-The territorialisation/de-territorialisation of identity and political agency
-Political cartography
-The role of fear and identity in shaping geopolitics
-Sovereignty and nationalism - the role and impact of the military
-Notions of terrorism and the war on terror
-The geographies of international boundaries
-The war on the trade in illegal substances
-The city and security
-The threat of biological weapons and infectious disease
-The vertical dimension in geopolitical and security studies
-Visual culture and world politics
-Technologies and architectures of security and insecurity
-The human body and security

Theory of international relations

We take an active role in the global debate on the units, actors and structures that shape the dynamics of international politics. Our research covers the political consequences of the constitution of the international as a distinct kind of relation. We examine political concepts including:
-The world system
-International diplomacy
-Networks
-Notions of empire
-Regional integration
-Non-governmental actors
-The (nation) state

Governance in Britain and wider Europe

Our research investigates the dynamics driving public policy-making at national, EU and international levels. We focus on the challenges multi-level governance offers for concerns about legitimacy and accountability. This includes the changing relationship between the governing and the governed over matters of politics and policy. Our geographic scope includes the United Kingdom, Western Europe, Eastern Europe and Russia, and the Mediterranean

Global justice and human rights

Our work in political philosophy reflects the increasing need to tackle issues at a global rather than a state-only level. We cover issues such as:
-The formulation and justification of human rights
-The competing claims of relativism, particularism, and cultural diversity
-The extension of ideas of distributive justice from states to humanity as a whole
-Proposals to secure global democracy
-The application of just war theory to modern conflicts and to humanitarian intervention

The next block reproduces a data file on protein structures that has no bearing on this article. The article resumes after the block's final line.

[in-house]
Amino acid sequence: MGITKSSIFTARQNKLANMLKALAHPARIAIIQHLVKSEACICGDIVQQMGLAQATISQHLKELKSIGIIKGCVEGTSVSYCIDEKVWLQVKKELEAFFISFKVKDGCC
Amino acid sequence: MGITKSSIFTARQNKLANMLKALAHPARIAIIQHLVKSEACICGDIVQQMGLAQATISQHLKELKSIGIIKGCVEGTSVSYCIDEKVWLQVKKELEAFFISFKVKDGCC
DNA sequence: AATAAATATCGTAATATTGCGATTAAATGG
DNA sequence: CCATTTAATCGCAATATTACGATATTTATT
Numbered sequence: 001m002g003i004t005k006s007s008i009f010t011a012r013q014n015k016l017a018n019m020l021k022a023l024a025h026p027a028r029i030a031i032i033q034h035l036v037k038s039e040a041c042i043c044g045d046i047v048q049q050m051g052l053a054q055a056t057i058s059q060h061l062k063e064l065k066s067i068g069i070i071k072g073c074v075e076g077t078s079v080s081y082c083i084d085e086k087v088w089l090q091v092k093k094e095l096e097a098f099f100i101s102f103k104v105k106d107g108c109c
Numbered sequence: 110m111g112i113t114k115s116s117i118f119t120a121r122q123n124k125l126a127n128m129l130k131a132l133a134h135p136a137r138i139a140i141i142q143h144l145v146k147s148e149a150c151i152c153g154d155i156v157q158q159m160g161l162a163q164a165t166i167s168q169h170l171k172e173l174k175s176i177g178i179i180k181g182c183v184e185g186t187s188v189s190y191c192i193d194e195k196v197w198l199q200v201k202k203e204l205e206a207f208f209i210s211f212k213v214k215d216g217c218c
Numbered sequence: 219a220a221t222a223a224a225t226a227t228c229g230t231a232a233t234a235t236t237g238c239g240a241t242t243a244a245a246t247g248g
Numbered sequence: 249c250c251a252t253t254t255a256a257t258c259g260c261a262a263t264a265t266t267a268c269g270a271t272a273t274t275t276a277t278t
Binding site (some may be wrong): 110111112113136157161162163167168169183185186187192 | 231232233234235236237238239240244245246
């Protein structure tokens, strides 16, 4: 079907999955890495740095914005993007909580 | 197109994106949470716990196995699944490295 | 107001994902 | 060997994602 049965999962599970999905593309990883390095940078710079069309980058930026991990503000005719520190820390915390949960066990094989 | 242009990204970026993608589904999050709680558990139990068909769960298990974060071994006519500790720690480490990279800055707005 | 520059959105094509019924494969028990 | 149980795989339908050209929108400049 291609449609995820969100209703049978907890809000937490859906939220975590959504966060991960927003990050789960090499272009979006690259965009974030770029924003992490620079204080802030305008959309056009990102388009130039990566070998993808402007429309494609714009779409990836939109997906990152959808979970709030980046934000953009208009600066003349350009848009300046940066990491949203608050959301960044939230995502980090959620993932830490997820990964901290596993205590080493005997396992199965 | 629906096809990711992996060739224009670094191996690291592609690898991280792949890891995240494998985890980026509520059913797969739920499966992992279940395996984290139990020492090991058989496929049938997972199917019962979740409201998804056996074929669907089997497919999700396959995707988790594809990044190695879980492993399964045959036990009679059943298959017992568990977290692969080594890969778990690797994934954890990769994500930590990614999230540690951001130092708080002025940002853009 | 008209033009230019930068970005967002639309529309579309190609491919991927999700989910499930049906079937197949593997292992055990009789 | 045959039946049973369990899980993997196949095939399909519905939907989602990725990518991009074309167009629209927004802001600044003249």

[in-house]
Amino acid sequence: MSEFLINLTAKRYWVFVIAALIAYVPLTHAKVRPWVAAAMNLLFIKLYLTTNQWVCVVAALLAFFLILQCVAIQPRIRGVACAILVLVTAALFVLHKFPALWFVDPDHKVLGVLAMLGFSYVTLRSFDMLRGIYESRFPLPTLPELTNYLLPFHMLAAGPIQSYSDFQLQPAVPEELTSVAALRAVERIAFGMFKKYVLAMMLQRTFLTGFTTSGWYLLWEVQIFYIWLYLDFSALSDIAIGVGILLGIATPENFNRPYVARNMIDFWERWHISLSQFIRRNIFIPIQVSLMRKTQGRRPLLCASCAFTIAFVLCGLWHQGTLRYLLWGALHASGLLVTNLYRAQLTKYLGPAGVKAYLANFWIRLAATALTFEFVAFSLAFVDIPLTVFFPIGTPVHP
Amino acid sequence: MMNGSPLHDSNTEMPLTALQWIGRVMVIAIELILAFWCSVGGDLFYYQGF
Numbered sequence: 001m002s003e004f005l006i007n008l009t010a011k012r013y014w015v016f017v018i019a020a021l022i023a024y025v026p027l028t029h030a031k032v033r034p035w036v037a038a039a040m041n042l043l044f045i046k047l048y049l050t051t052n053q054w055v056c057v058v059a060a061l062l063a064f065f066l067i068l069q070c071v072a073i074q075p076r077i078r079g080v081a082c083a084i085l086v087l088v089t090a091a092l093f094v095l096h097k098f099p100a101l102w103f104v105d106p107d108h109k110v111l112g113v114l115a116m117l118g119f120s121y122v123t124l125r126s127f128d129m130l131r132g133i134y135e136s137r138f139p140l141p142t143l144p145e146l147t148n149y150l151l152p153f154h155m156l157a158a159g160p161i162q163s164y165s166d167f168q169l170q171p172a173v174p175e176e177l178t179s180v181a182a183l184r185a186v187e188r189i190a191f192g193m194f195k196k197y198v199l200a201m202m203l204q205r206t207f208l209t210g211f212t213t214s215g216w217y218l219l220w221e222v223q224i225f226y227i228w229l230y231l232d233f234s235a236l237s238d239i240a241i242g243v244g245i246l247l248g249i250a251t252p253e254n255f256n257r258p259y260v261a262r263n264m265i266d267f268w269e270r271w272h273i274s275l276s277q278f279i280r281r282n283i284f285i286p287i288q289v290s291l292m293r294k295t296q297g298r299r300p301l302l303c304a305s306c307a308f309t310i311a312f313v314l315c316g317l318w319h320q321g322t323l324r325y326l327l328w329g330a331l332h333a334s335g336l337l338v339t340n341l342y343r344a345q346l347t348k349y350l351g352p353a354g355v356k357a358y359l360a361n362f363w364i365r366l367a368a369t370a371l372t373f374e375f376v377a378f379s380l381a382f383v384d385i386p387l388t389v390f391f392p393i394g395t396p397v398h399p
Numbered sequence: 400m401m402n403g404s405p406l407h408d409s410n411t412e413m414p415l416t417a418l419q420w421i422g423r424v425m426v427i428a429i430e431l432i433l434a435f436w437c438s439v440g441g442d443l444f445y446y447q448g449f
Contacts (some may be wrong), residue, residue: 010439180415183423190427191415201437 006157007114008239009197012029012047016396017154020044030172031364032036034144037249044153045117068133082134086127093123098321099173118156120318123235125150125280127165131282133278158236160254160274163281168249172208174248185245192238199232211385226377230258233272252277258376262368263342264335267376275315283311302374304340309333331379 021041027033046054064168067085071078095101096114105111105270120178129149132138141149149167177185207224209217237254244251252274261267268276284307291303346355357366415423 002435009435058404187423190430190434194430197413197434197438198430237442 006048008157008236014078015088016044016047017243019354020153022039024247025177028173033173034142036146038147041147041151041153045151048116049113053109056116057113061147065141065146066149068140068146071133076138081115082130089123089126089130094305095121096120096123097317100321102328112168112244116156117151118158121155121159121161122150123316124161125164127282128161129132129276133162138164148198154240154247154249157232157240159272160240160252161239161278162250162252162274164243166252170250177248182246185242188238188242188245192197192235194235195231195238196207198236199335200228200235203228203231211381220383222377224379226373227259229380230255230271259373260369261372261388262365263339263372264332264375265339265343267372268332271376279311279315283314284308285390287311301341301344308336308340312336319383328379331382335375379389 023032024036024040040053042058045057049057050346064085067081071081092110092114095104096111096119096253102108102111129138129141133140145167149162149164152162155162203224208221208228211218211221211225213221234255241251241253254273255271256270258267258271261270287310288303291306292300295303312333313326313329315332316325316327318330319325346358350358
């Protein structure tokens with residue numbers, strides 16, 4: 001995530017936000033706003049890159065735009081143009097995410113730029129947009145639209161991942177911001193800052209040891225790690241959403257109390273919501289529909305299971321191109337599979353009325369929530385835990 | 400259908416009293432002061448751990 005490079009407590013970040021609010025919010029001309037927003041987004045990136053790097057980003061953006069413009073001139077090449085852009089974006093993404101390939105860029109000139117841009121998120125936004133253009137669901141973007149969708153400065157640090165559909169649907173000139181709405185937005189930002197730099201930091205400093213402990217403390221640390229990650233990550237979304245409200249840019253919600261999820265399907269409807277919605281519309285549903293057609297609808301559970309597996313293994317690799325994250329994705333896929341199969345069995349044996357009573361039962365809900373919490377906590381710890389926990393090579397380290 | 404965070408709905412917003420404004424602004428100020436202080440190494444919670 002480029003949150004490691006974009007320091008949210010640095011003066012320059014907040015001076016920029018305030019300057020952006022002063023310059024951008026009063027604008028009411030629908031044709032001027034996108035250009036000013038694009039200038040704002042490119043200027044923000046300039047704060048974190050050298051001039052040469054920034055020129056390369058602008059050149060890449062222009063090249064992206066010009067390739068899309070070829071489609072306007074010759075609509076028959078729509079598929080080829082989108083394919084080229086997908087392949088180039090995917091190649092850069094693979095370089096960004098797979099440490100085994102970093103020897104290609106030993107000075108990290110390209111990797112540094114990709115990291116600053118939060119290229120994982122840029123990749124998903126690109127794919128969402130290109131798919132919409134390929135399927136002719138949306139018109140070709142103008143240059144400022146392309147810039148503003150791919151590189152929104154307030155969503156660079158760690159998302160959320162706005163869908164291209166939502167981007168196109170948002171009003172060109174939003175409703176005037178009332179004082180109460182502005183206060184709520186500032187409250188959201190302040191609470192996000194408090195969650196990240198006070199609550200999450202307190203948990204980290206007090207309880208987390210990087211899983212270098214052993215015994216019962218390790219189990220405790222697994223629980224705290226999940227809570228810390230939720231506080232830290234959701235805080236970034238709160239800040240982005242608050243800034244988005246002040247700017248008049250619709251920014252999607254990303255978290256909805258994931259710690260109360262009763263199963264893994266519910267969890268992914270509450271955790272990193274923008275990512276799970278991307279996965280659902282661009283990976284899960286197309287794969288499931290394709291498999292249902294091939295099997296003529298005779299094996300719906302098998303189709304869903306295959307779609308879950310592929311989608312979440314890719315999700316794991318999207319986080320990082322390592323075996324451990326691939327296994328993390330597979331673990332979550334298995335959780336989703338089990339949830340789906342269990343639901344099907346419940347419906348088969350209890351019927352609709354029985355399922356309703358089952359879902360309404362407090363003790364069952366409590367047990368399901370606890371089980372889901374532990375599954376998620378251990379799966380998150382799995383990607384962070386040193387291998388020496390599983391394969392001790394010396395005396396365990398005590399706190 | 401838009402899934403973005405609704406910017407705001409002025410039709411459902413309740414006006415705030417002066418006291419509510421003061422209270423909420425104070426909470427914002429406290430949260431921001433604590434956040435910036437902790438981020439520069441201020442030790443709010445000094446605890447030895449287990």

-Environmental justice, especially climate change

We tackle questions of justice from an issue perspective as well as surveys of nationalism, statism, and various non-cosmopolitan theories of global justice.

Political research and methods

We conduct qualitative and quantitative research reflecting both empirical and critical political methodologies. We use quantitative methods, including rational choice theory and experiments, to make sense of topics as diverse as party systems and transitional justice. Our aim is to push innovation in research methods in ethnography, hermeneutics and discourse analysis. We use concepts that challenge traditional notions of politics to investigate methods for research into new challenges, including:
-The rise of life sciences
-The focus on the relationship between the human body and security
-Emergent forms of subjectivity and politics

Research skills development

The University's Humanities and Social Sciences Graduate School provides a full range of research training in the social sciences, which meets the requirements of the Economic and Social Research Council (ESRC). This training includes:
-Bibliographical techniques
-Philosophy of social science
-Quantitative and qualitative methods

The Graduate School also hosts postgraduate events, including open days, and supports personal development.

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Our MA Social Work course will help you become a highly effective social worker through a combination of teaching and practice placements. Read more

Our MA Social Work course will help you become a highly effective social worker through a combination of teaching and practice placements.

Our course meets the requirements of the Professional Capabilities Framework (PCF) for social work practice in England, the Knowledge and Skills Statements for children, adult and mental health social workers, and the regulatory requirements of the Health and Care Professions Council (HCPC).

You will be eligible to apply to register as a qualified social worker with the HCPC upon completion of the course.

You will benefit from particularly high quality placements and greater input from practising social workers through our membership of the Greater Manchester Social Work Academy, a government-sponsored Teaching Partnership that ensures close links between local employers and universities across Greater Manchester.

Both placements and taught elements will help you learn how to work with a variety of user groups in a range of settings.

Aims

The course aims to:

  • qualify you as a registered social worker;
  • prepare you to work safely and effectively with service users and carers;
  • produce social work practitioners who are intellectually inquisitive and motivated to pursue further learning and research and professional development throughout their career.